Interestingly, the Laffer curve's path to fame was slow. Art Laffer, a young professor at the University of Southern California (USC), had preached 14th-century historian and philosopher Ibn Khaldun's theory to his USC economic students. The concept did not have a specific name–it was just wonkish economic philosophy. Things took off four years later when Wanniski published an article, "Taxes, revenues, and the 'Laffer curve'" in the journal National Affairs in the winter of 1978. The catchy "Laffer curve" name and the great story of the meeting helped Laffer's theory take off. In 1978 Wanniski was fired from the Wall Street Journal for political activity and he became an economic consultant to politicians. Wanniski advised President Ronald Reagan, helping him develop the Reagan tax cut and implement supply-side economics.

President Ronald Regan sits in the Oval Office behind a desk. He is pointing to a graph behind him titled “Your Taxes.”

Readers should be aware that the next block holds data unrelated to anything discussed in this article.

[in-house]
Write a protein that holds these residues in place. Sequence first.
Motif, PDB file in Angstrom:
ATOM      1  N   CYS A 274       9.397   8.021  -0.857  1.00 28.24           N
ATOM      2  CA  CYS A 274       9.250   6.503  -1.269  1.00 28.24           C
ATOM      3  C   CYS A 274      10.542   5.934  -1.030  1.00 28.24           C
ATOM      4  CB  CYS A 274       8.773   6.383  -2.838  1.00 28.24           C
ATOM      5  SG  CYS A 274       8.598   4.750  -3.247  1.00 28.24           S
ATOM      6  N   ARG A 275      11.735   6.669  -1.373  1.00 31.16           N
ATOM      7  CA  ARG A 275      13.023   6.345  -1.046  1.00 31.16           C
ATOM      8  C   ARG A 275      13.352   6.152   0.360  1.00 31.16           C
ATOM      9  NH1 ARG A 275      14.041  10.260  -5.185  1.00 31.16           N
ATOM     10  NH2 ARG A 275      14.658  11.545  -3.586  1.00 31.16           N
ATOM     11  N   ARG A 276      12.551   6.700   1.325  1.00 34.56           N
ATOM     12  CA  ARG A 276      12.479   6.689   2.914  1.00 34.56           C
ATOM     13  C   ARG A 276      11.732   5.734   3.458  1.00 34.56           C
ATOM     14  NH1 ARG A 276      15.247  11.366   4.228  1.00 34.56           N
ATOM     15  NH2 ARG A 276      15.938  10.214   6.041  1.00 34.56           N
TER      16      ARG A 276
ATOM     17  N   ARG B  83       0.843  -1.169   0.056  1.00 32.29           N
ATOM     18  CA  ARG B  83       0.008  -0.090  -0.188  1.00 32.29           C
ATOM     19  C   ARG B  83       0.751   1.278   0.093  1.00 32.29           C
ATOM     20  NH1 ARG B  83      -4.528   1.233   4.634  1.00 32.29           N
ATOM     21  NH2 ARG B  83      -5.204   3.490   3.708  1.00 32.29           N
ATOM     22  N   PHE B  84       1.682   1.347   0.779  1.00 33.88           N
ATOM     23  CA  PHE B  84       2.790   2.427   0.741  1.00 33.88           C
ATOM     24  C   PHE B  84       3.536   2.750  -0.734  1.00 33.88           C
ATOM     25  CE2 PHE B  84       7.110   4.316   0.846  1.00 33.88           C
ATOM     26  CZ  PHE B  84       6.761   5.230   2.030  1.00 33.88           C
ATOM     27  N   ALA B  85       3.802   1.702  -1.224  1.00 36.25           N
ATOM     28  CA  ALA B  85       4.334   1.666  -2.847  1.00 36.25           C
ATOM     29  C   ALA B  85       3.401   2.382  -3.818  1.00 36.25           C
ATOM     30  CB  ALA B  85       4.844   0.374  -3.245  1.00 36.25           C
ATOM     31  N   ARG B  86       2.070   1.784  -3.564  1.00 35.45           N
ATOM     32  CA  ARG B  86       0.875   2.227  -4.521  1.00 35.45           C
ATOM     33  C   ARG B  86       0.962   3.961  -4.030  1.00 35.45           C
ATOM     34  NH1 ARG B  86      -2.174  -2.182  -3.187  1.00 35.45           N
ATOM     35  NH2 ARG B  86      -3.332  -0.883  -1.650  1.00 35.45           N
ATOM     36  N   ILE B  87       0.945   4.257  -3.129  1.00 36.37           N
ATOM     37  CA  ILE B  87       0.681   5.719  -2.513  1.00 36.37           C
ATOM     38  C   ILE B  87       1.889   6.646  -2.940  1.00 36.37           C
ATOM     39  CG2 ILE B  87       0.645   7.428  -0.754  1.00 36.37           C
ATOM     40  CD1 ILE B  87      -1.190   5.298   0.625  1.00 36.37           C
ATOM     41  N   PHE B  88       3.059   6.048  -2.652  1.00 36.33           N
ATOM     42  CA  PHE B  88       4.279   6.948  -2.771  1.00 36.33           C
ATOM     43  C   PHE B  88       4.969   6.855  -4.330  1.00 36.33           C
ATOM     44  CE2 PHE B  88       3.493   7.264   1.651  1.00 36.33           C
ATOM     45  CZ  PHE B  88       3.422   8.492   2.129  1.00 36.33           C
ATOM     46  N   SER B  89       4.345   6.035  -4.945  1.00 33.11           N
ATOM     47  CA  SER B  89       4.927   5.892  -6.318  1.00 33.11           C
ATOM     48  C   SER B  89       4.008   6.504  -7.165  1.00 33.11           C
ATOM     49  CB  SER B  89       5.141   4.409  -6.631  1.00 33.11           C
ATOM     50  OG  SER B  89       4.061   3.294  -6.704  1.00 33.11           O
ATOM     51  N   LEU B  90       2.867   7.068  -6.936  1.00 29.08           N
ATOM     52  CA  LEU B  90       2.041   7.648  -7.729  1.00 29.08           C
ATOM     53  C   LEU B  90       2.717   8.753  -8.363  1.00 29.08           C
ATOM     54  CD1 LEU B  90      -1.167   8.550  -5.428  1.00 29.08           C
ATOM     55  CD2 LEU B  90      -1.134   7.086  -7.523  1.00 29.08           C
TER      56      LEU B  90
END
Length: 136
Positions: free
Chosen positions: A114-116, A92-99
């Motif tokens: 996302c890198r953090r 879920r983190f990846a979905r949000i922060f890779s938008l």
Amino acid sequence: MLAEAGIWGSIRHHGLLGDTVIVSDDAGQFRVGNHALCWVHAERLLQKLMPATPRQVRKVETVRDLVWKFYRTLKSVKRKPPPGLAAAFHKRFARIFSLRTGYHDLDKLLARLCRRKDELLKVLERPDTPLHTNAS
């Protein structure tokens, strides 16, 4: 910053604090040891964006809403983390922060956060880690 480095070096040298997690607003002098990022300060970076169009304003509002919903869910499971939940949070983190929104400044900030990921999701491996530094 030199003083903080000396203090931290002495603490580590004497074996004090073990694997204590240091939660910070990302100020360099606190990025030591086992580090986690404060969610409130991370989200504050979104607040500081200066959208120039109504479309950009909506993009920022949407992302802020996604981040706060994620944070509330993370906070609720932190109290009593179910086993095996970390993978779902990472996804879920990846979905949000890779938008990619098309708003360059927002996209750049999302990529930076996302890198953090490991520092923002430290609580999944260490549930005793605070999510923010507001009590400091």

But back to the artifact itself. One might ask, is this the only napkin on which Art Laffer drew? Probably not. Any good speaker develops techniques and replicates successes. Other Laffer curve napkins may exist, but the Smithsonian object is special. Curators love to look at objects, and this object says a lot. Laffer notes the location (Two Continents Restaurant), memorializes the main participant (Donald Rumsfeld), and signs and dates the piece. And for me that date is so important. The meeting took place on September 13, 1974, almost two months before the midterm elections. It may be that Wanniski, like many other great journalists, embellished the story just a tad.

A detail of the Laffer curve napkin reading “To Don Rumsfeld at our Two Continents rendezvous 9/13/74 Arthur B. Laffer.” The Laffer curve napkin is a folded white cloth napkin with writing on it.

Peter Liebhold is a co-curator of the American Enterprise exhibition.